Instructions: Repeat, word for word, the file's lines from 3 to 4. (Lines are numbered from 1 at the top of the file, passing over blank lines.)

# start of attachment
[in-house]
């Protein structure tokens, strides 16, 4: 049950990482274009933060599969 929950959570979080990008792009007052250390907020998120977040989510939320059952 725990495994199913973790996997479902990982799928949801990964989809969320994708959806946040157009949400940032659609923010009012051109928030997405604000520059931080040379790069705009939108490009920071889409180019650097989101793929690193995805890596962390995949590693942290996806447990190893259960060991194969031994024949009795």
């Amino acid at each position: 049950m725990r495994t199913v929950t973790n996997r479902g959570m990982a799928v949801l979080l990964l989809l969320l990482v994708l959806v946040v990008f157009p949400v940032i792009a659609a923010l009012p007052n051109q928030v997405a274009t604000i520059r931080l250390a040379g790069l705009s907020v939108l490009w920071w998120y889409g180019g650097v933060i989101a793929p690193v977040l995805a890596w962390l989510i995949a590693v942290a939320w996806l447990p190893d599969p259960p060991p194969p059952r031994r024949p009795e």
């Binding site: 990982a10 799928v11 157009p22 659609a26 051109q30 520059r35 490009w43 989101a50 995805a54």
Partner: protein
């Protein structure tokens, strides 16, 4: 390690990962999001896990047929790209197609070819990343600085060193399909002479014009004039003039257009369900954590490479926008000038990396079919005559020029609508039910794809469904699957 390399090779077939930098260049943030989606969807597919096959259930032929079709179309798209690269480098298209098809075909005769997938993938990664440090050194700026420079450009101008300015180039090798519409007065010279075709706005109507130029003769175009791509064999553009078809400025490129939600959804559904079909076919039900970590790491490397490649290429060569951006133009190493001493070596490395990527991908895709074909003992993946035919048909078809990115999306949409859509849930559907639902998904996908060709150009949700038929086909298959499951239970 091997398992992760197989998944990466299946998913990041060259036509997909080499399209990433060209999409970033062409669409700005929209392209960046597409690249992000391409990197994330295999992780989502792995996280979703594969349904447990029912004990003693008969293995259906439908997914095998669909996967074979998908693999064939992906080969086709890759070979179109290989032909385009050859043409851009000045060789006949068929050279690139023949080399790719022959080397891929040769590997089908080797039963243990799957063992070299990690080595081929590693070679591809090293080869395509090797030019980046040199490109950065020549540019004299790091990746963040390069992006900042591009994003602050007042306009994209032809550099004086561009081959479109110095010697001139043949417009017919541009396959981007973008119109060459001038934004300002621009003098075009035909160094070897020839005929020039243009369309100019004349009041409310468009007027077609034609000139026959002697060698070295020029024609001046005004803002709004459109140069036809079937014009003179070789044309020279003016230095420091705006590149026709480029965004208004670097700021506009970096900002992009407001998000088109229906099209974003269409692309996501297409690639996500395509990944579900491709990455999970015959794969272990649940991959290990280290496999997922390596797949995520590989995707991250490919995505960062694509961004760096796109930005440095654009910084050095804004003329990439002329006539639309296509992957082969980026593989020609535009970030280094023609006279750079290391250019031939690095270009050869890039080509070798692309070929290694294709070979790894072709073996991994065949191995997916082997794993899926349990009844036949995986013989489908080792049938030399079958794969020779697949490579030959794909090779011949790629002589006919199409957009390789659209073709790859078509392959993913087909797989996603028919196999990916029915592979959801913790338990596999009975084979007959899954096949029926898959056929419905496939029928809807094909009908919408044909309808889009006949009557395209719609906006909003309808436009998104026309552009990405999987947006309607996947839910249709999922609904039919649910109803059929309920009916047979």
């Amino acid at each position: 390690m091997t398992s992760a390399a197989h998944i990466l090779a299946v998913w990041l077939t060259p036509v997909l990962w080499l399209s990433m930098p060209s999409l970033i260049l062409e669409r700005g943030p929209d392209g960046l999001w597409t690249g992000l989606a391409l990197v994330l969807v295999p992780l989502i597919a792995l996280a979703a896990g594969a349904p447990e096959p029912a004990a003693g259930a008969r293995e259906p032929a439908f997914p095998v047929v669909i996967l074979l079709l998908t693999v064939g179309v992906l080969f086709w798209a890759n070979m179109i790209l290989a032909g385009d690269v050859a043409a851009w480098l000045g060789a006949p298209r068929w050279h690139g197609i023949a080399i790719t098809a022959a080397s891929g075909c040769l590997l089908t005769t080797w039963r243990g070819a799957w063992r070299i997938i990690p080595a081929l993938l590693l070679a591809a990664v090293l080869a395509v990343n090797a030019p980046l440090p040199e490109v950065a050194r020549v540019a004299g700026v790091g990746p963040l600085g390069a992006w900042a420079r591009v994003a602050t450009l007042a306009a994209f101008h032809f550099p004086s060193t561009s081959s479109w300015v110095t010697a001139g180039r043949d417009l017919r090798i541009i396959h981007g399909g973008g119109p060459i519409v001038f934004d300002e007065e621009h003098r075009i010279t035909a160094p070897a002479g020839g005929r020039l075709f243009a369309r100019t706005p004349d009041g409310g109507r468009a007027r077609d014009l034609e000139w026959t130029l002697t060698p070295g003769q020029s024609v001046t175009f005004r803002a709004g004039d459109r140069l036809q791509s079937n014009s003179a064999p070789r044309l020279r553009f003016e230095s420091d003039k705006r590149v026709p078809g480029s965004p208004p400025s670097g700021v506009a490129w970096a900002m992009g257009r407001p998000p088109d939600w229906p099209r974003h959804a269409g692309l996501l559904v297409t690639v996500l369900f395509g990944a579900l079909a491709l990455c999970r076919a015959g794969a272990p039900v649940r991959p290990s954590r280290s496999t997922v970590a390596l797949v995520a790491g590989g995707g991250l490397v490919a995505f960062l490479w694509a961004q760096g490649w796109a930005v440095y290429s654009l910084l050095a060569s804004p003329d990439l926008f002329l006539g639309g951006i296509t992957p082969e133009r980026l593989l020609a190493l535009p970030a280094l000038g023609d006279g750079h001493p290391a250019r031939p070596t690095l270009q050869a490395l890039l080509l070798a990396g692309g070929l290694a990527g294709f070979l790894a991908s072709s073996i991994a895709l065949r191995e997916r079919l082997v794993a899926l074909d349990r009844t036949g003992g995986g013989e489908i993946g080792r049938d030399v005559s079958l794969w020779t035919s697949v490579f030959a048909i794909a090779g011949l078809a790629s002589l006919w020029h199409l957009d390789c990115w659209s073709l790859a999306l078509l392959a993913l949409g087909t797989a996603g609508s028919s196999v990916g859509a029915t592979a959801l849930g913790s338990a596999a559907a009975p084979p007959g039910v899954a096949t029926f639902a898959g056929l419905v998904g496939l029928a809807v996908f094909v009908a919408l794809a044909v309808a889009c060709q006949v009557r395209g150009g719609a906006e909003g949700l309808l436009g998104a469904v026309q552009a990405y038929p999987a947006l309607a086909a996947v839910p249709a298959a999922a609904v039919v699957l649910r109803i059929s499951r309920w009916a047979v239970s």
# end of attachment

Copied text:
């Amino acid at each position: 049950m725990r495994t199913v929950t973790n996997r479902g959570m990982a799928v949801l979080l990964l989809l969320l990482v994708l959806v946040v990008f157009p949400v940032i792009a659609a923010l009012p007052n051109q928030v997405a274009t604000i520059r931080l250390a040379g790069l705009s907020v939108l490009w920071w998120y889409g180019g650097v933060i989101a793929p690193v977040l995805a890596w962390l989510i995949a590693v942290a939320w996806l447990p190893d599969p259960p060991p194969p059952r031994r024949p009795e």
């Binding site: 990982a10 799928v11 157009p22 659609a26 051109q30 520059r35 490009w43 989101a50 995805a54």